I scrubbed and vacuumed the floor. Annie, terrified of the vacuum cleaner, went outside and barked. I have more cleaning to do today. That rat was everywhere.

My friend Pat S. suggested I say an Act of Contrition, something Catholics do when they go to confession. I did. Sorry, God. Sorry, Mr. Rat. If you hadn’t gotten cocky and shown yourself in the light, you’d still be chewing your way through the house.

I live in the woods. I know creatures will get in. Have I told you about the time I found a live garter snake in the laundry room? Or the dead barn swallow in the woodstove? Or the family of mice that moved into the potholder drawer in the motorhome? We humans don’t have as much power to separate our space from nature as we’d like to think.

I just hope the rat didn’t have a family ready to follow in his footsteps.

So that’s my rat story. Feel free to share your tales of critter invasions in the comments.

A Gift That Helps More Than Charity

So this is the last day of 2018. I’m okay with that. 2018 has been a beast, but I’m full of hope for 2019.

As the year ends, my email inbox is loaded with pleas for money from charities and literary organizations. Last chance! Match these funds! Help us meet our goal! We can’t survive without you! I know that most literary magazines and writers’ organizations survive on volunteers and pin money, but I can’t give to everybody. They all make me feel guilty and uncaring. If the literary magazine goes under, it’s my fault. If the podcast goes silent, it’s on me. Know what I mean?

By the time I finish writing this page, I will have received five more emails asking for money. They all imply that if they don’t get it by midnight, something dreadful will happen. No. We’ll all be just as poor in the morning.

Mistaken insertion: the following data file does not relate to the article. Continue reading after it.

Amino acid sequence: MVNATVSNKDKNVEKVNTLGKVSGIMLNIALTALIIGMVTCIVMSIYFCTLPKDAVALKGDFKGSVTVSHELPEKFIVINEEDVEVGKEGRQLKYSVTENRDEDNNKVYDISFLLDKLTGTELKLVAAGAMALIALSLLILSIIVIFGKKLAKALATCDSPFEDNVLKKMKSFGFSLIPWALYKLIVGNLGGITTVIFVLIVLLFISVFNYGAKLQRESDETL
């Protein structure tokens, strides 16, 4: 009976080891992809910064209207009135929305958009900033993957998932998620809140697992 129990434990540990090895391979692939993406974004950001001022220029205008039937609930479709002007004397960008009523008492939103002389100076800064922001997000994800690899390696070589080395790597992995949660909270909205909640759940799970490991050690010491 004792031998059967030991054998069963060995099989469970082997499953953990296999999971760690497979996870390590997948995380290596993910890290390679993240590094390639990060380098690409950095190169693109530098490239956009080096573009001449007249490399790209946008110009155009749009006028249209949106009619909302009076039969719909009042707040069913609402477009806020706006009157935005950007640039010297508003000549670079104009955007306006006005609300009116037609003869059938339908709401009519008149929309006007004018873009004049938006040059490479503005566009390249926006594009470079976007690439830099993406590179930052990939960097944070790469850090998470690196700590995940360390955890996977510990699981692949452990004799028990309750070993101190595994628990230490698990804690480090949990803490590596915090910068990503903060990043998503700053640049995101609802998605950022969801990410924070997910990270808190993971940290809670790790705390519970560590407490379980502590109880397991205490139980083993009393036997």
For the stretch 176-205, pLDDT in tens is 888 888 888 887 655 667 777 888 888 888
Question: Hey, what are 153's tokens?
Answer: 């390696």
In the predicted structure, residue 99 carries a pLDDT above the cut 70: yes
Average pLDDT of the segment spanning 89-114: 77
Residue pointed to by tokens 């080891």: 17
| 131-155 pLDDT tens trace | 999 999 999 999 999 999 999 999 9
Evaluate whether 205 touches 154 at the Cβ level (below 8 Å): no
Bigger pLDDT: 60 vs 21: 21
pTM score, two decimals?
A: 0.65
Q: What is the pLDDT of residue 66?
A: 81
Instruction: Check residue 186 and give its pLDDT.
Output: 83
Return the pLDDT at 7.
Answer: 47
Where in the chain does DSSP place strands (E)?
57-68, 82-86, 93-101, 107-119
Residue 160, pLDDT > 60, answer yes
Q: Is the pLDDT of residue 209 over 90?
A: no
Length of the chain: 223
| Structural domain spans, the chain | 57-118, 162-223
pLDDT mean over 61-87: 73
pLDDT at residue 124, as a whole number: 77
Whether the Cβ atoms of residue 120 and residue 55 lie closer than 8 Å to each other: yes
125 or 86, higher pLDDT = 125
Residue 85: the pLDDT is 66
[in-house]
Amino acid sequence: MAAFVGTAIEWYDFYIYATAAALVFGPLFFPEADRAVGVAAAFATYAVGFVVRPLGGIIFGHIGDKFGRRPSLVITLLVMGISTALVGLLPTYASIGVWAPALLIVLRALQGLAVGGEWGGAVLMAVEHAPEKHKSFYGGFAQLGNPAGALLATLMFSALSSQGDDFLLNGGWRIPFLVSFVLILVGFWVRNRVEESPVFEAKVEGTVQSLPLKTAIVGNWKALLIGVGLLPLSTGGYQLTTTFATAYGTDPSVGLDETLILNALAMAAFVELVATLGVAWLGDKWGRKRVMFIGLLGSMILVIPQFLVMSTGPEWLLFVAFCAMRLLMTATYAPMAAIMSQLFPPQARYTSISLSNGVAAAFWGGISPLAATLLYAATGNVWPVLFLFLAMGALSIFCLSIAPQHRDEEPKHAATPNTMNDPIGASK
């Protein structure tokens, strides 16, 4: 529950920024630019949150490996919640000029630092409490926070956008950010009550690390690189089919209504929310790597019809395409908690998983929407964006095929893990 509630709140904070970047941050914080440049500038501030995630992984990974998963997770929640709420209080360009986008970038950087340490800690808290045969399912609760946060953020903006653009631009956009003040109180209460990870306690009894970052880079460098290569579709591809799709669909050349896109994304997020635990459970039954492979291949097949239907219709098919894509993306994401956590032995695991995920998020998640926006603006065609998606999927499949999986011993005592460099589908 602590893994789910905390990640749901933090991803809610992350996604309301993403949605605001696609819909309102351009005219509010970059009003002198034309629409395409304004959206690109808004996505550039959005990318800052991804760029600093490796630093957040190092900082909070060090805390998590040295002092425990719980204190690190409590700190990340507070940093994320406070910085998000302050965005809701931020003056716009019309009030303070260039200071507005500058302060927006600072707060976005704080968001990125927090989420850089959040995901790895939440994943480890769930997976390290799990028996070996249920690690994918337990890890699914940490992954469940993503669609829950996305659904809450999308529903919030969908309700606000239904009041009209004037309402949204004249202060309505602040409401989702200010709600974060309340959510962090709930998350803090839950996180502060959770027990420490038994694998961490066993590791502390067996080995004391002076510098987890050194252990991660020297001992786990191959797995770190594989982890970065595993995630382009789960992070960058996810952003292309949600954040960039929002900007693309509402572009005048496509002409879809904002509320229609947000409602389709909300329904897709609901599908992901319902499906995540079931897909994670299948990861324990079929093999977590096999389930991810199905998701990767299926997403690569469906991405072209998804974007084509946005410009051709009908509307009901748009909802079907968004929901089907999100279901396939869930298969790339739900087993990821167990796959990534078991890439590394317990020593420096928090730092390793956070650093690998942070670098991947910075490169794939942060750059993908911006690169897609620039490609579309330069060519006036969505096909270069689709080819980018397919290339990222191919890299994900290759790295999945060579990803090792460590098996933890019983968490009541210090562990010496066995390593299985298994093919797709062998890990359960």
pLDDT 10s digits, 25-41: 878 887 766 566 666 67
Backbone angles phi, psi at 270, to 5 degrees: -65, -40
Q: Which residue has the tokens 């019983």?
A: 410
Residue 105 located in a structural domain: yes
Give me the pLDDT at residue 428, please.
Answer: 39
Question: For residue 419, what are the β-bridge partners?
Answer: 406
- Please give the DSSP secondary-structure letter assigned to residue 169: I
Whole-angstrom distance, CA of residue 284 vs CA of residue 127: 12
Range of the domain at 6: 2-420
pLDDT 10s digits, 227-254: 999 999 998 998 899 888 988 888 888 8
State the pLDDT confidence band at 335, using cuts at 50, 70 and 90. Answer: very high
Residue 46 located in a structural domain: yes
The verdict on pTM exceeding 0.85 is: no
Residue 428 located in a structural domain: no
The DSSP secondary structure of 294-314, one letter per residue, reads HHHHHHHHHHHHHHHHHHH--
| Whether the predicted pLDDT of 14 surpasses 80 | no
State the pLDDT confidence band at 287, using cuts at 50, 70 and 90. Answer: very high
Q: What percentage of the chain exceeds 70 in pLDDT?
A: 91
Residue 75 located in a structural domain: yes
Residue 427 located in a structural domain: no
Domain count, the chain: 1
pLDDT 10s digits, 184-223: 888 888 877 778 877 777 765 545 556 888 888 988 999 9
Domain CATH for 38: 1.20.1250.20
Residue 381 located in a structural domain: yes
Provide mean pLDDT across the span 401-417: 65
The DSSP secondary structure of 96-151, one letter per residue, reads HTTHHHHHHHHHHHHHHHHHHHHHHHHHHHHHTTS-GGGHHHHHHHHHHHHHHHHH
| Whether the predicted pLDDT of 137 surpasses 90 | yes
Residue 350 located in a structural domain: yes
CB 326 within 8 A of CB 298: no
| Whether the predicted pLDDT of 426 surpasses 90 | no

I get requests for money in the mail, too. This morning I threw away a plea from the local hospital and from the National Parks Conservation Association. I want the hospital to thrive. I love our national parks (And I hate that they are suffering under the current ridiculous government shutdown). I have tossed out pleas from the blind and the paralyzed, from veterans and Native Americans. Some of these agencies send me “gifts:” calendars, return address labels, greeting cards, tote bags, and more. Then they send me bills, asking whether I have gotten around to paying for those “gifts” yet. I don’t want them, I didn’t ask for them, and I don’t have to pay for them, but oh the guilt.

A year or so ago, I resolved to stop trying to give to everyone and focus my charitable giving on my church, feeding the hungry, and Alzheimer’s Disease, the cruel malady that took my husband. Once in a while, if I know the people involved and they really need help, I will contribute to a GoFundMe campaign. But I have to be stingy there, too. I might chip in for cancer treatment, but I’m not going to fund someone’s new house or trip to Europe.

Have you noticed the new Facebook practice of linking people’s birthdays to charity giving? It’s no longer enough to offer a loving “Happy birthday!” Now I have to give to their charity, too? Stop! Let me love you without getting out my credit card.